• Myoclonic epilepsy causes small muscular spasms throughout the body that can affect one part or all four legs; these movements only last for a few seconds but can occur frequently throughout the day.
  • Clonic epilepsy features strong contractions that affect only one part or all four legs; these contractions typically last about 30 seconds to several minutes apiece.
  • Tonic-clonic epilepsy includes both myoclonic jerks followed by tonic stiffness (the “tonic” phase) followed by rhythmic activity (“clonus”) in which muscles twitch rapidly (the “clonic” phase).

Epilepsy can be managed.

Managing your dog’s epilepsy can be as simple as medication and diet. For example, you can give your dog a daily dose of phenobarbital or potassium bromide with food.

However, if the medication alone doesn’t control your pet’s seizures, you might need to add other things into his treatment plan. These could include supplements such as vitamin E and selenium or surgery to remove part of the brain tissue that’s causing seizures.

Dogs with epilepsy require long-term treatment.

If your puppy has epilepsy, he will most likely require long-term treatment. Medication can help prevent seizures and lessen their impact on your dog’s quality of life. However, there are many factors to consider when deciding what medication is right for your pup. Side effects need to be considered, as well as any other health issues that could make certain medications unsafe or ineffective.

  • Supplementation therapy may also be necessary in some cases to support the body’s natural healing abilities during an episode.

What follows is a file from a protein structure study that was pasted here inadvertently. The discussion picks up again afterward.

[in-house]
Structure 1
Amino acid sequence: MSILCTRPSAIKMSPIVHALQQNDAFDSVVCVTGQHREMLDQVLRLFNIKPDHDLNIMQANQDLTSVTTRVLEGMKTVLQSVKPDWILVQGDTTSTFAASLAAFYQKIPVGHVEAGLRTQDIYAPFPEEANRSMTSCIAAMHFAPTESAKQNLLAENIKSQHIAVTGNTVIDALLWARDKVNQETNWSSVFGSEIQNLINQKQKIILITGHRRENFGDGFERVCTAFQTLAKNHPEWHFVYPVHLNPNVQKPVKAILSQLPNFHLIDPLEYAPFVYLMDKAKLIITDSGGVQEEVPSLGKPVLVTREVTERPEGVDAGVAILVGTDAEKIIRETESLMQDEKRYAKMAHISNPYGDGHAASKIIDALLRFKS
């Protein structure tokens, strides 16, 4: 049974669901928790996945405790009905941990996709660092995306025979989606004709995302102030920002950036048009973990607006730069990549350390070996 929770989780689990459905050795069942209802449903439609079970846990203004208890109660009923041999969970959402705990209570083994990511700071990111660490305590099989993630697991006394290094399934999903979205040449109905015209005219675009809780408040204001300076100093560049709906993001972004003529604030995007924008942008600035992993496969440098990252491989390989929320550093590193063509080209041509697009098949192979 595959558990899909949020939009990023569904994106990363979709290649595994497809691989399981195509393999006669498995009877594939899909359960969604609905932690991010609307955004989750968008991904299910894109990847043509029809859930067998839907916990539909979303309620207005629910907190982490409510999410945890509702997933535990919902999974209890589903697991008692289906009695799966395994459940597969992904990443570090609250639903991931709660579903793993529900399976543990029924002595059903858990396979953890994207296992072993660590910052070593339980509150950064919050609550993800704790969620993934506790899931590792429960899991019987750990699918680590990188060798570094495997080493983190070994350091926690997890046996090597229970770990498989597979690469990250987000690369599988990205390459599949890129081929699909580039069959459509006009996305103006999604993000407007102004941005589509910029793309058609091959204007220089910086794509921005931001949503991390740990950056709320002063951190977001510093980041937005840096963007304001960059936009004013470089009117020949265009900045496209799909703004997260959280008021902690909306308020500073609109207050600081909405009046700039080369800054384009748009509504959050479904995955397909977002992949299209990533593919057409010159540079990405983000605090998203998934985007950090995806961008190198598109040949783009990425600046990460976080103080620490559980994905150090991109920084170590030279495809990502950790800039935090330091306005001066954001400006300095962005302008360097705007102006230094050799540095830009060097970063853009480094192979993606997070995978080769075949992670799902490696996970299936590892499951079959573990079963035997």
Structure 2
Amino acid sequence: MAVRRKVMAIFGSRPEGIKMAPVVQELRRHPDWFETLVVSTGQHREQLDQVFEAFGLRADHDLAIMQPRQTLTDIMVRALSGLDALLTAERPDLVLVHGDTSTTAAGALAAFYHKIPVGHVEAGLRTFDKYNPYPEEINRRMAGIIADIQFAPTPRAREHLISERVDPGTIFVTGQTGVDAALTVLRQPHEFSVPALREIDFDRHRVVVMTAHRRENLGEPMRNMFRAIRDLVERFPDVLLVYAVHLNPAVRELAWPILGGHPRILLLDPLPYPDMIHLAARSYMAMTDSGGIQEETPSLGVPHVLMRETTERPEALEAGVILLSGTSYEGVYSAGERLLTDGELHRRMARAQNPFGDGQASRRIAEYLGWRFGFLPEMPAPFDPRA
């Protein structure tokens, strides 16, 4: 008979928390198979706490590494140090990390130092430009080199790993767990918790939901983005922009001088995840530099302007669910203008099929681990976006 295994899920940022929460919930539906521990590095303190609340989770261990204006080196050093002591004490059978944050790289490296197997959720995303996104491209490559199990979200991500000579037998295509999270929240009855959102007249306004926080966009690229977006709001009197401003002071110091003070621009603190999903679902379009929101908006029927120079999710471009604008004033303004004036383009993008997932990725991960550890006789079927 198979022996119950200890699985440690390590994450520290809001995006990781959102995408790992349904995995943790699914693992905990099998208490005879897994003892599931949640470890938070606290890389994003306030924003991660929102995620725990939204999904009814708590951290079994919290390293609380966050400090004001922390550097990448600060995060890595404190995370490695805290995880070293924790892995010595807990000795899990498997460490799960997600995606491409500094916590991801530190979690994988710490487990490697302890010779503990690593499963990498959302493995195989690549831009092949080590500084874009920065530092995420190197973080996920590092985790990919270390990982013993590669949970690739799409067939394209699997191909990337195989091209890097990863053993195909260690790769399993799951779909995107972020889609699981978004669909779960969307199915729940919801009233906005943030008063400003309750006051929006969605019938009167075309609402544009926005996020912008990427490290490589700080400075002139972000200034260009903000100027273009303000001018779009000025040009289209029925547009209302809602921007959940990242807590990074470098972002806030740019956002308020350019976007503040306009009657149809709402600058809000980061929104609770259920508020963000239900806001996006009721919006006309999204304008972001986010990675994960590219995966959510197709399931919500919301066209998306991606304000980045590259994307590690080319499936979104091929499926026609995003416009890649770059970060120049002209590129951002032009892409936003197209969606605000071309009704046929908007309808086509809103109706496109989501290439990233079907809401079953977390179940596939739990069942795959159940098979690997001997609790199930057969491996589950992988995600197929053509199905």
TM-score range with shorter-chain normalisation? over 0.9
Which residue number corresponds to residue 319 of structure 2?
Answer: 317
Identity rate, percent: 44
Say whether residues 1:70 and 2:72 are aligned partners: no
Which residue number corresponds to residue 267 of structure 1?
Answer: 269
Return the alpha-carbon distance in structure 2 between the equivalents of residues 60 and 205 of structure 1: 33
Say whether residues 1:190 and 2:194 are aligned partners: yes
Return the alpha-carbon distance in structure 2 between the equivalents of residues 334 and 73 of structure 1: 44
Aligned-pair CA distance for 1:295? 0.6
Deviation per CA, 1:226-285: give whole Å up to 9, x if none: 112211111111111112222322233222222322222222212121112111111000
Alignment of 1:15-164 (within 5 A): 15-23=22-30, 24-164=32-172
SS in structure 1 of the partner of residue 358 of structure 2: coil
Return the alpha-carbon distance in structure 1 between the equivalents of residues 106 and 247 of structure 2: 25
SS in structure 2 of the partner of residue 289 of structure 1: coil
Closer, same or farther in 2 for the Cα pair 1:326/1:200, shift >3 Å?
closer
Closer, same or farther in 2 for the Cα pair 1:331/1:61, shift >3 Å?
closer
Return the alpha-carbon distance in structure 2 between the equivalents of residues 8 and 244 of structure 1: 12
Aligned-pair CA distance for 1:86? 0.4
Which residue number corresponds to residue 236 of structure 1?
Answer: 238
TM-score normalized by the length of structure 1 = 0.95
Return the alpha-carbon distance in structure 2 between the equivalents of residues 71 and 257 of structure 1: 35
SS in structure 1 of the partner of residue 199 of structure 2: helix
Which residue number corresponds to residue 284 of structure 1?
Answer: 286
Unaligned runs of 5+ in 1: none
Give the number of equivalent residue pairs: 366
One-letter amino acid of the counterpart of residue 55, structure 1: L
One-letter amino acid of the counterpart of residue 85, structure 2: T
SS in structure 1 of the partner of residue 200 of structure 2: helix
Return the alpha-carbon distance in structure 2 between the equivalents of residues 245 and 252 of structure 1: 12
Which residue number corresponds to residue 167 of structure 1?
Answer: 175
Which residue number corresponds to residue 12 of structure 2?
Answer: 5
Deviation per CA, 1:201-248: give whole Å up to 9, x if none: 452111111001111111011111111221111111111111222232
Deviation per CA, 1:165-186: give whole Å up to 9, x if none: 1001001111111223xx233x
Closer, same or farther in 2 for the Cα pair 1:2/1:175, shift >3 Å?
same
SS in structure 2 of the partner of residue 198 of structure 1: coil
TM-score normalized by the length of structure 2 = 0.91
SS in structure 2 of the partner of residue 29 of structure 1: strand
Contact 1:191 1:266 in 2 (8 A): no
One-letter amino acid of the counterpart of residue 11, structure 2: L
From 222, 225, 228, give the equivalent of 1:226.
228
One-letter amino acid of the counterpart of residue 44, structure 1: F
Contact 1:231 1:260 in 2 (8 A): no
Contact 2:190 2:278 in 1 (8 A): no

• Exercise is important for both physical health and mental wellbeing; however, it should not be strenuous exercise until seizures have been completely controlled with medication.
  • You should also consider feeding your puppy a diet that is high in omega fatty acids (which can often help reduce the frequency of seizures), low in carbohydrates (which may lead to hypoglycemia), low in salt content (as this could cause electrolyte imbalances), rich in antioxidants (which can reduce oxidative stress on brain cells) and supplemented with vitamin B6 and magnesium sulfate (both of which have been shown to reduce seizure activity).


A dog’s epilepsy may be controlled by medication, but that doesn’t mean the animal is cured. Many dogs are able to come off medication after the initial period, but this won’t necessarily last forever. Some dogs may need to stay on medication for life, while others may only need it for a specific amount of time. Your vet will help you determine what’s best for your pet and how long he or she will need to take the medicine in order to keep their seizures under control.

You might not be able to prevent your dog from getting epilepsy, but you can help them live a long and happy life by taking proper care of them. If you notice any of the signs that we listed above, make sure to get your pup checked out by a licensed veterinarian. They can test for epilepsy and other conditions that may cause seizures so that you can find the best treatment possible for your dog.